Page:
In enacting the MBE provision, it is clear that Congress employed an amalgam of its specifically delegated powers. The Public Works Employment Act of 1977, by its very nature, is primarily an exercise of the Spending Power. U.S. Const., Art. I, 8, cl. 1. This Court has recognized that the power to “provide for the … general Welfare” is an independent grant of legislative authority, distinct from other broad congressional powers. Buckley v. Valeo, (1976); United States v. Butler, (1936). Congress has frequently employed the Spending Power to further broad policy objectives by conditioning receipt of federal moneys upon compliance by the recipient with federal statutory and administrative directives. This Court has repeatedly upheld against constitutional challenge the use of this technique to induce governments and private parties to cooperate voluntarily with federal policy …

… Insofar as the MBE program pertains to the actions of private prime contractors, the Congress could have achieved its objectives under the Commerce Clause. We conclude that, in this respect, the objectives of the MBE provision are within the scope of the Spending Power.

With respect to the MBE provision, Congress had abundant evidence from which it could conclude that minority businesses have been denied effective participation in public contracting opportunities by procurement practices that perpetuated the effects of prior discrimination. Congress, of course, may legislate without compiling the kind of “record” appropriate with respect to judicial or administrative proceedings. Congress had before it, among other data, evidence of a long history of marked disparity in the percentage of public contracts awarded to minority business enterprises. This disparity was considered to result not from any lack of capable and qualified minority businesses, but from the existence and maintenance of barriers to competitive access which had their roots in racial and ethnic discrimination, and which continue today, even absent any intentional discrimination or other unlawful conduct. Although much of this history related to the experience of minority businesses in the area of federal procurement, there was direct evidence before the Congress that this pattern of disadvantage and discrimination existed with respect to state and local construction contracting as well. In relation to the MBE provision, Congress acted within its competence to determine that the problem was national in scope.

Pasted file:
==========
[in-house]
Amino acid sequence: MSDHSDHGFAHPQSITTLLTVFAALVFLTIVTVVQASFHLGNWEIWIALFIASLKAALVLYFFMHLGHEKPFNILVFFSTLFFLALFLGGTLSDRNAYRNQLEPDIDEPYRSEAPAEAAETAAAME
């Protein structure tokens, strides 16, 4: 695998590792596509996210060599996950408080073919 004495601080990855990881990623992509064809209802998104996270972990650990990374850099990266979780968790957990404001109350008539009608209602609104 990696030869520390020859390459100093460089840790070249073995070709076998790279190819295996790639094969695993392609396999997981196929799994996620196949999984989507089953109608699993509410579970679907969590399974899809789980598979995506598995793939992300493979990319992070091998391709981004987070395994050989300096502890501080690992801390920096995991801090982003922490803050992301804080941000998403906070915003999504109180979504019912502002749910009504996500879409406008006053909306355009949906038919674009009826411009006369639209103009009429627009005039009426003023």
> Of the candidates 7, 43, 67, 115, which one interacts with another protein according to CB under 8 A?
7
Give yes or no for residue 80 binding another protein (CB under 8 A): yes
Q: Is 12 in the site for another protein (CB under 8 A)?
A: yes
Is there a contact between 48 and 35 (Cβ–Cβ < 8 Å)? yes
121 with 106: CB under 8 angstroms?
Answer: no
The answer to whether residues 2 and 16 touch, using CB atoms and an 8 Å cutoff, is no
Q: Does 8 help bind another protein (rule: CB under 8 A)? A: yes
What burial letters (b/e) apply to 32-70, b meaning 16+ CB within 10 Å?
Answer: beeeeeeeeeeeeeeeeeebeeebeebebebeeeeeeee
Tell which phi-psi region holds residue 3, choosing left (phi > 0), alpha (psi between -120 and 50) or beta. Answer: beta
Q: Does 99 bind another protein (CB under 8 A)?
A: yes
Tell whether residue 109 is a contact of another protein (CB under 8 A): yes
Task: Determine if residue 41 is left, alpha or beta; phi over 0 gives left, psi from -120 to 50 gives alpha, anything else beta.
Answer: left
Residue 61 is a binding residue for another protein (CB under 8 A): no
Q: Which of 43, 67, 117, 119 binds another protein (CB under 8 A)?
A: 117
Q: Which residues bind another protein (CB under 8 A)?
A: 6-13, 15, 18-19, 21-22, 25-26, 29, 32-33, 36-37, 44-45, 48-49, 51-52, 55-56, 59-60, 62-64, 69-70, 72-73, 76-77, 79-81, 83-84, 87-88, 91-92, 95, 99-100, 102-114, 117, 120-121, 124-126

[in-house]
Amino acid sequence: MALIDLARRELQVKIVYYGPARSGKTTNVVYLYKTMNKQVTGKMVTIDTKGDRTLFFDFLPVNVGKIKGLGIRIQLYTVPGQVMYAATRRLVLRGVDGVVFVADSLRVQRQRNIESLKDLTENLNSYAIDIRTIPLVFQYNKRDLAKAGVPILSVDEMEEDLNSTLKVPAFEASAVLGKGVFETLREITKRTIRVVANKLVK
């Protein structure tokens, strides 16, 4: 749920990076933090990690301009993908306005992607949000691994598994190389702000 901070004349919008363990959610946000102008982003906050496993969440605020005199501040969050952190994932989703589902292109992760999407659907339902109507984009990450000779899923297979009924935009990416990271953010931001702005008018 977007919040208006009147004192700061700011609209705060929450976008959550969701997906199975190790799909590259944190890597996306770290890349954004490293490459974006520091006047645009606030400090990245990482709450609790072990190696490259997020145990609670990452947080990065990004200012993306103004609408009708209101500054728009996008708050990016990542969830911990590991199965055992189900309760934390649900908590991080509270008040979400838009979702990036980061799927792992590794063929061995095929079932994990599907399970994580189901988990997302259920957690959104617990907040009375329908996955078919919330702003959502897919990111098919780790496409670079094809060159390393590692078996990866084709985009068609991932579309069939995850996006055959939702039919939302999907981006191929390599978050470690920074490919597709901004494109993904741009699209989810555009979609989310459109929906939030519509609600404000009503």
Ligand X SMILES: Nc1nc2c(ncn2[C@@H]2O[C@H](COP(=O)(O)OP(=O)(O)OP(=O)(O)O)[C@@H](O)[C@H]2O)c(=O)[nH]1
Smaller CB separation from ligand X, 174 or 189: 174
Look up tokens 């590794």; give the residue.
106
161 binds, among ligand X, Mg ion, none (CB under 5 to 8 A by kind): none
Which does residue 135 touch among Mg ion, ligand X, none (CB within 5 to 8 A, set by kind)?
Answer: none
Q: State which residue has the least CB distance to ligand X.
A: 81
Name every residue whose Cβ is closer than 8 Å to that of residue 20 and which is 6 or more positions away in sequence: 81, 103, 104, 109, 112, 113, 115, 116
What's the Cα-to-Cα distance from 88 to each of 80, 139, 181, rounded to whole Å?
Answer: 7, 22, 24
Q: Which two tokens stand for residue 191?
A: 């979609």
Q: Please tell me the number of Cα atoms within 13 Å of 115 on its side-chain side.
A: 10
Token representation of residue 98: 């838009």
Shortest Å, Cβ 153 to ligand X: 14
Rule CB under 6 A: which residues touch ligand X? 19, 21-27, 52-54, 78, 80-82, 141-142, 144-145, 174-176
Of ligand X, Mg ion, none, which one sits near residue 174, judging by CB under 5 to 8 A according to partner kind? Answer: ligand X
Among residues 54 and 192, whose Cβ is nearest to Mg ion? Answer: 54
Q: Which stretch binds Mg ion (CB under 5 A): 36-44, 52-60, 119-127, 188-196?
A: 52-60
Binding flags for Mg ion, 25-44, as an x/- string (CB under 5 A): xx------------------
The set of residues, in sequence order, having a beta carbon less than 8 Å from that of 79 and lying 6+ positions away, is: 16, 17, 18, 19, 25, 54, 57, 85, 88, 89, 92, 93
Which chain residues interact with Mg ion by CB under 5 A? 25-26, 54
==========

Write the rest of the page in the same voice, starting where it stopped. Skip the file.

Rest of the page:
Although the Act recites no preambulary “findings” on the subject, we are satisfied that Congress had abundant historical basis from which it could conclude that traditional procurement practices, when applied to minority businesses, could perpetuate the effects of prior discrimination. Accordingly, Congress reasonably determined that the prospective elimination of these barriers to minority firm access to public contracting opportunities generated by the 1977 Act was appropriate to ensure that those businesses were not denied equal opportunity to participate in federal grants to state and local governments, which is one aspect of the equal protection of the laws.

We now turn to the question whether, as a means to accomplish these plainly constitutional objectives, Congress may use racial and ethnic criteria, in this limited way, as a condition attached to a federal grant … Congress may employ racial or ethnic classifications in exercising its Spending or other legislative powers only if those classifications do not violate the equal protection component of the Due Process Clause of the Fifth Amendment. We recognize the need for careful judicial evaluation to assure that any congressional program that employs racial or ethnic criteria to accomplish the objective of remedying the present effects of past discrimination is narrowly tailored to the achievement of that goal.